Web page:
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Effectiveness of Lanzhou lamb rotavirus vaccine in preventing gastroenteritis among children younger than 5 years of age

Li, Jie, Zhang, Yi, Yang, Yang, Liang, Zhichao, Tian, Yi, Liu, Baiwei, Gao, Zhiyong, Jia, Lei, Chen, Lijuan, Wang, Quanyi
Vaccine 2019 v.37 no.27 pp. 3611-3616
Rotavirus, case-control studies, children, diarrhea, gastroenteritis, gender, hospitals, markets, monitoring, patients, regression analysis, vaccination, vaccines, China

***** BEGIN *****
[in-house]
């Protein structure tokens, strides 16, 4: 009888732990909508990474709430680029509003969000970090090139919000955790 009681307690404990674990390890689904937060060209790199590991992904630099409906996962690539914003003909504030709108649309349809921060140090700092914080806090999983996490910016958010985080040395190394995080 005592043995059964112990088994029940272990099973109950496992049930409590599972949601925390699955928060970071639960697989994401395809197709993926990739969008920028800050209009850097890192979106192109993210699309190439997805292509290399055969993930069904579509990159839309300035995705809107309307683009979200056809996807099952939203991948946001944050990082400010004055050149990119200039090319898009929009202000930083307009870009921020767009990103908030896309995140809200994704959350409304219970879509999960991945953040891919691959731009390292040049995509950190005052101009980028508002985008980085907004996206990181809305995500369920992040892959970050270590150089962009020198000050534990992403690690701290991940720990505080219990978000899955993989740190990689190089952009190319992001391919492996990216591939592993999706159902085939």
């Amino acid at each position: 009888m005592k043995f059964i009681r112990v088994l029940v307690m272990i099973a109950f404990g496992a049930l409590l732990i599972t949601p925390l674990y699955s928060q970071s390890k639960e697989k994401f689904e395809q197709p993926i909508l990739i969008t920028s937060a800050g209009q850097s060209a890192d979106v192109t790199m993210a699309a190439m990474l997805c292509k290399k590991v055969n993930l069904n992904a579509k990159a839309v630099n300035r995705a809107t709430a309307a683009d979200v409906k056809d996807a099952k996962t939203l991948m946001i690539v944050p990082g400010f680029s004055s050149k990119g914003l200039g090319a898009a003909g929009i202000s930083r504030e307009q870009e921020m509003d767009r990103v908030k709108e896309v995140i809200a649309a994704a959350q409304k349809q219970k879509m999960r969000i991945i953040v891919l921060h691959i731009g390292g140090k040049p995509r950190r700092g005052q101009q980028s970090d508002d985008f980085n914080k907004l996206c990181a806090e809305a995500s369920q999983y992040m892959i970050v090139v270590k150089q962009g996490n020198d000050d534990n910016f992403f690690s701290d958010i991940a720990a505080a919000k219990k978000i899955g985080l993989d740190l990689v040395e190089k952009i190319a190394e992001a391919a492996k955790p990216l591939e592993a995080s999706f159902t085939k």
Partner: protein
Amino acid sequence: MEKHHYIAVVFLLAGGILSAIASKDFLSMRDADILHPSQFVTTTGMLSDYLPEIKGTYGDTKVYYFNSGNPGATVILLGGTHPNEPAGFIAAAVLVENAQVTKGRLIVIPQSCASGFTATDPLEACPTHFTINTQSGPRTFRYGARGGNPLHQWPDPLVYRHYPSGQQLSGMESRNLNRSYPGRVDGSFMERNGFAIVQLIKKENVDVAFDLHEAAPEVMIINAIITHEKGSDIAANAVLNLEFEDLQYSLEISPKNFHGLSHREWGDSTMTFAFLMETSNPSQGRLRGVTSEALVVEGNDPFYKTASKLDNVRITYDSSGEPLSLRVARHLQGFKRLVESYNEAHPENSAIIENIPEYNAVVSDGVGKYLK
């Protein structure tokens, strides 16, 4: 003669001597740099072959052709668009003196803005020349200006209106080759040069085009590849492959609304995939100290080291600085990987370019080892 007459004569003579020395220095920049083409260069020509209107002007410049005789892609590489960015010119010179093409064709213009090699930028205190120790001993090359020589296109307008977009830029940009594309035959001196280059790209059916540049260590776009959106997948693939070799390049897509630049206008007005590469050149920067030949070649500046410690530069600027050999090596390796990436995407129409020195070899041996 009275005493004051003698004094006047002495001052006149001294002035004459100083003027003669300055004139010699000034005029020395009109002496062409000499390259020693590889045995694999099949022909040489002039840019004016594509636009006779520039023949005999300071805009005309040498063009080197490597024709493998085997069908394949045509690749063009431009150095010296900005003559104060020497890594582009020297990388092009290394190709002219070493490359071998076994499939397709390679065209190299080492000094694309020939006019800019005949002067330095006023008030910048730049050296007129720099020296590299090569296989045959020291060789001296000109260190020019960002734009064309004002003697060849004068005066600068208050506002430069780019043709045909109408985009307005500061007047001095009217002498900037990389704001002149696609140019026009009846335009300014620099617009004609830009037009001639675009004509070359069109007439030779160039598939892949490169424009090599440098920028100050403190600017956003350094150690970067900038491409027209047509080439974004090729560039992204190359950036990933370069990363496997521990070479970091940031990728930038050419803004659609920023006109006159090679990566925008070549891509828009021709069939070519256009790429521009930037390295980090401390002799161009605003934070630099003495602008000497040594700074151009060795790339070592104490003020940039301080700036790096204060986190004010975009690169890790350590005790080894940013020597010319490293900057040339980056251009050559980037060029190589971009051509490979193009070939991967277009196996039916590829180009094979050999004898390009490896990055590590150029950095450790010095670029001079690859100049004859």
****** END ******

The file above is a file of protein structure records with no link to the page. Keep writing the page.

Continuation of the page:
Lanzhou Lamb rotavirus (LLR) vaccine was licensed in China in 2000. It was the only vaccine available in private market before 2018. However, the data about the post-marketing effectiveness is very limited. To assess the vaccine effectiveness (VE), we conducted a case-control study based on the hospital surveillance system in Beijing from 2015 to 2017.Seven hospitals located in seven districts in Beijing, from October 1, 2015, to March 31, 2017, were included. The VE of LLR vaccine was assessed in laboratory-confirmed rotavirus infection among children younger than five years old through a case-control design, using rotavirus-negative cases as controls. LLR vaccination was documented from a vaccination registry. VE was estimated adjusting for age group, gender, study site, the month of illness onset and interval days between illness onset to sampling through a logistic regression model.A total of 598 cases and 1766 controls were included in this study. The vaccine average coverage rate during 2015–2017 among children younger than five years old was 10.8% in Beijing. The adjusted VE for LLR vaccine of 1 dose versus 0 dose was 34.9% (95%CI, 5.3–55.3). We also obtained the adjusted VE of 87.7% (95%CI, 32.7–97.8) for patients with the severity score ≥11, 36.2% (95%CI, 4.7–57.3) for children of 2–35 months age group and 40.8% (95%CI, 7.8–61.9) against G9 rotavirus infection. Vaccinated cases were less likely to have watery stool (OR = 0.42) and have diarrhea longer than 5 days (OR = 0.47) than unvaccinated cases.LLR vaccine conferred protection against rotavirus disease. Children who were vaccinated presented with less severe clinical manifestations. An immunization schedule of receiving all three doses in the first year should be preferred.